Throughout this post, three different typefaces are used:
- Bold - are words from the Handbook of Nature Study website.
- Italics - are words from the book titled Handbook of Nature Study by Anna Botsford Comstock.
- Regular - are my own words.
“Children should be encouraged to quietly and
patiently watch the bee, spider, ant, caterpillar or
other wildlife that crosses their path.
If this seems dull to them,
they just need to watch more closely,
because their alert eyes can catch the smallest ways of insects
in ways that grown-ups can’t without magnifiers.”
~ Charlotte Mason, volume 1, Outdoor Life, page 57 ~1. Let’s give ourselves a challenge. Gather yarn, scissors, ruler, and four rocks. (Optional: small garden trowel and magnifying lens.)
Measure off one square somewhere out in your yard or near-by park. (I prefer to do this somewhere I can dig up a few inches of soil and not get into trouble.) Use your ruler to place rocks in a one foot square plot. Use the yarn to mark off the edges of your square.
Now the challenge comes in. See how many different things you can find in your square. If there are leaves, lift them up and see what is underneath. If there are rocks or gravel, scrape them aside and see what is underneath.
If there is grass or weeds and you have permission, use your trowel to dig up a few inches under the grass, moving it carefully to the side to replace when you are done observing. Use your hand lens if you have one along with you on your challenge.
I remember reading about this activity when I did a summer camp program for children and thought it was such a wonderful way to closely explore a small section of the world.
By having such a tiny section in which to explore, one is essentially "forced" to take her time to look carefully and go section-by-section and find new things.
Olivia discovering a world within the square of yarn.
Olivia found some things right away within her square: a small stick, odd-shaped leaves, grass, and moss.
Sophia identifying what she sees first
without a magnifying glass.
After a little while, Olivia felt she had identified everything in the square. I joined her and we were able to find some more items that she had missed on her first time around the square.
Looking a bit closer,
Olivia found even more items.
Olivia used her magnifying glass to find a few more items: part of a pinecone, ferns, creeping Charlie, some kind of clover, dandelion leaf, dew, and a pine needle.
Sophia seemed to have found an interesting section of the front yard. Right away she said she saw: grass, pinecone shaving, wood, creeping Charlie, old pine needles, a bit of dirt, moss, dew, and a few little ferns.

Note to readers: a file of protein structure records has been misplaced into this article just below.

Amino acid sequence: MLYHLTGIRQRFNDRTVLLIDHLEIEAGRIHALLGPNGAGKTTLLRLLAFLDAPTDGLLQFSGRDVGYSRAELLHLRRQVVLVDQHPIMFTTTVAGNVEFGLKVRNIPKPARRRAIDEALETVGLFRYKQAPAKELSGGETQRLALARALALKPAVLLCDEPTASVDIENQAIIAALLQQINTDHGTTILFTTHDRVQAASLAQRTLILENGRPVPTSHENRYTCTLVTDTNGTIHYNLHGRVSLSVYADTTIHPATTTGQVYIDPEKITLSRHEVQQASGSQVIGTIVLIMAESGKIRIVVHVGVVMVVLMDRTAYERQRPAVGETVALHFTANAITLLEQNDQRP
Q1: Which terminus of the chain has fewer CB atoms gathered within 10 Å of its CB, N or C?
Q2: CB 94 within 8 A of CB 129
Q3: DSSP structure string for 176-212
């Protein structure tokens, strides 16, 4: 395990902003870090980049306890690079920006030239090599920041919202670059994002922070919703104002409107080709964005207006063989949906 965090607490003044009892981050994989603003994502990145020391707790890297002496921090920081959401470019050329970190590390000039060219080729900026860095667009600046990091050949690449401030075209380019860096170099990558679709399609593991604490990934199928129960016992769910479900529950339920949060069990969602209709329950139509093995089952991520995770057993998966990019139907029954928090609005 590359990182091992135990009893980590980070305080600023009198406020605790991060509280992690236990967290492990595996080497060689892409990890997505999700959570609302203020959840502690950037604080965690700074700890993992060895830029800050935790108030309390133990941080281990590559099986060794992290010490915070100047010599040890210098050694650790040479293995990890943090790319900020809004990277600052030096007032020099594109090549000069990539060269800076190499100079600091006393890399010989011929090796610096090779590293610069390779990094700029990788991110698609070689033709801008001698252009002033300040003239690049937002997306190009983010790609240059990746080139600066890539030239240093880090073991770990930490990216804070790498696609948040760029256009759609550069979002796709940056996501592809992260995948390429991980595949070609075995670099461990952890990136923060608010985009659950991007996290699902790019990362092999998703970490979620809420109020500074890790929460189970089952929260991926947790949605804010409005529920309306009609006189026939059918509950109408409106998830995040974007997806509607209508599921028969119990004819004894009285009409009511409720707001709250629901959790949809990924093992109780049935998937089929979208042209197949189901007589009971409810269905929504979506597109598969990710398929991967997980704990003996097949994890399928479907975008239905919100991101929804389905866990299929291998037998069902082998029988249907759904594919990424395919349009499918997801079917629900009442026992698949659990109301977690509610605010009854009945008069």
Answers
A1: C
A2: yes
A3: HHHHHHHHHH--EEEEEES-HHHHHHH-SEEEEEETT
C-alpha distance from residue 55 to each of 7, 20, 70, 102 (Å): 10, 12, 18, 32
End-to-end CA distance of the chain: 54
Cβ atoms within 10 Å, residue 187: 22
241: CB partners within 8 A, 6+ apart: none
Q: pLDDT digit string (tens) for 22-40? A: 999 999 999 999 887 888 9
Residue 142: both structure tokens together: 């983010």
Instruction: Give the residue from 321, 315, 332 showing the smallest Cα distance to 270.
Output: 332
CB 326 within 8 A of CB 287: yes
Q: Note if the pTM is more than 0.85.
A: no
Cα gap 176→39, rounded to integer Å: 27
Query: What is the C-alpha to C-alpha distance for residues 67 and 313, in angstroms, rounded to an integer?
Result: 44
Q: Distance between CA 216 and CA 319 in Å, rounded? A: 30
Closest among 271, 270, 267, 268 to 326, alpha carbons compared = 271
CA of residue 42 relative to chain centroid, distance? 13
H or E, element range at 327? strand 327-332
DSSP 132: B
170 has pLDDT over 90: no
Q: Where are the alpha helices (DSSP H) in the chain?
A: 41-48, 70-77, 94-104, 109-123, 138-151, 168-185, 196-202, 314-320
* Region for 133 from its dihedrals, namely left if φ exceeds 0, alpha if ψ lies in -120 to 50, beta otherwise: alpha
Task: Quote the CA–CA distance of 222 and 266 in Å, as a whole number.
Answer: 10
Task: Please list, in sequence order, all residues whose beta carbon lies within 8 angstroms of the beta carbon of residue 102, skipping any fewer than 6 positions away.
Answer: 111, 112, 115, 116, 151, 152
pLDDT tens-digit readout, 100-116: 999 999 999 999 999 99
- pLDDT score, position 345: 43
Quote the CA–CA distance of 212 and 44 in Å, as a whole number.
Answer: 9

Sophia exploring another section of the square.
By alternating with her magnifying glass and getting closer to the ground, Sophia found even more items in the 1 square foot of space: seed pod, few pieces of bark, a weird-shaped leaf that looks like a heart, a few roots, old grass that's turning brown, a dandelion leaf, wet ground, and tiny little bugs.
That's quite a diversity of natural items within such a small amount of space. Imagine what is in twice that amount of land...or the entire farm.
It's so easy to rush through each day without taking the time to slow down and appreciate the small things in life. If we hadn't done this Outdoor Hour Challenge, we would not have enjoyed seeing two miniature worlds right in the front yard.
Although each one was similiar to the other in some respects (e.g., both had grass, moss, and dew), there were unique elements in each square which made it all the more fascinating to further explore and take one's time in finding as many different things as possible.
2. Add any new items to your focus list that you are keeping in your nature journal. Add any items to your collection that you found during this week’s challenge time. Give an opportunity for a nature journal entry. If you used your hand lens during this week’s challenge, encourage your child to draw something they saw that you would not normally see like a small insect, worm, or seed.
The girls each chose a few small items that can be pressed and placed into their nature journals. Once the items are pressed, they will write and illustrate the entry for the day.
Because I wrote the list of items they found as they were saying them, they can simply copy their lists at a later date.